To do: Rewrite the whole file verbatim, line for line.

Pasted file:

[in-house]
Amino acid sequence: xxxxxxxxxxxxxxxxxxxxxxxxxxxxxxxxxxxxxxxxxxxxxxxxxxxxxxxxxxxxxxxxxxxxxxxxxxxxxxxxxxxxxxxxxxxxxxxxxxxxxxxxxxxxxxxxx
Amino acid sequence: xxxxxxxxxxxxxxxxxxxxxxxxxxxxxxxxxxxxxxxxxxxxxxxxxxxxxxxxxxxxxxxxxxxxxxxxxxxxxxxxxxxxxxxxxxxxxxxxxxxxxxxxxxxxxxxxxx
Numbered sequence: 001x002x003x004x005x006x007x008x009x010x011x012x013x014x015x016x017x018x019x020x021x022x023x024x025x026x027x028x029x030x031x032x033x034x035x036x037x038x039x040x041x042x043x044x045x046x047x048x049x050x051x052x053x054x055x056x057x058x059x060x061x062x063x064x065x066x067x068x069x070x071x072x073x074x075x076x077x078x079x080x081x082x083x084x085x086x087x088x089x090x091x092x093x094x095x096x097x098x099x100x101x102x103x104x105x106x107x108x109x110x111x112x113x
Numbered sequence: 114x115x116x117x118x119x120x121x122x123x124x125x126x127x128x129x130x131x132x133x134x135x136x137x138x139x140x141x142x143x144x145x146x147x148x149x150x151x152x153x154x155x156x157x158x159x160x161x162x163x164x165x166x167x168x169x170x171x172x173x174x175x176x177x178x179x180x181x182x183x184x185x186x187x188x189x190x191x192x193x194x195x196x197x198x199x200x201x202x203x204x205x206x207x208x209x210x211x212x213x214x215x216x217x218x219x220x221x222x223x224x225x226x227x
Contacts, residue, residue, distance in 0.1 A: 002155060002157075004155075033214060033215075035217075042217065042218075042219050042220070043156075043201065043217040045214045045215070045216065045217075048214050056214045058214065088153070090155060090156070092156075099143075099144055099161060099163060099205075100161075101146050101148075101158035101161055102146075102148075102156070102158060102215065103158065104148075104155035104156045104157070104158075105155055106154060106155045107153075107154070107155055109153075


[in-house]
Amino acid sequence: xxxxxxxxxxxxxxxxxxxxxxxxxxxxxxxxxxxxxxxxxxxxxxxxxxxxxxxxxxxxxxxxxxxxxxxxxxxxxxxxxxxxxxxxxxxxxxxxxxxxxxxxxxxxxxxxx
Amino acid sequence: xxxxxxxxxxxxxxxxxxxxxxxxxxxxxxxxxxxxxxxxxxxxxxxxxxxxxxxxxxxxxxxxxxxxxxxxxxxxxxxxxxxxxxxxxxxxxxxxxxxxxxxxxxxxxxxxxx
Numbered sequence: 001x002x003x004x005x006x007x008x009x010x011x012x013x014x015x016x017x018x019x020x021x022x023x024x025x026x027x028x029x030x031x032x033x034x035x036x037x038x039x040x041x042x043x044x045x046x047x048x049x050x051x052x053x054x055x056x057x058x059x060x061x062x063x064x065x066x067x068x069x070x071x072x073x074x075x076x077x078x079x080x081x082x083x084x085x086x087x088x089x090x091x092x093x094x095x096x097x098x099x100x101x102x103x104x105x106x107x108x109x110x111x112x113x
Numbered sequence: 114x115x116x117x118x119x120x121x122x123x124x125x126x127x128x129x130x131x132x133x134x135x136x137x138x139x140x141x142x143x144x145x146x147x148x149x150x151x152x153x154x155x156x157x158x159x160x161x162x163x164x165x166x167x168x169x170x171x172x173x174x175x176x177x178x179x180x181x182x183x184x185x186x187x188x189x190x191x192x193x194x195x196x197x198x199x200x201x202x203x204x205x206x207x208x209x210x211x212x213x214x215x216x217x218x219x220x221x222x223x224x225x226x227x
Contacts, residue, residue, distance in 0.1 A: 002155060002157075004155075033214060033215075035217075042217065042218075042219050042220070043156075043201065043217040045214045045215070045216065045217075048214050056214045058214065088153070090155060090156070092156075099143075099144055099161060099163060099205075100161075101146050101148075101158035101161055102146075102148075102156070102158060102215065103158065104148075104155035104156045104157070104158075105155055106154060106155045107153075107154070107155055109153075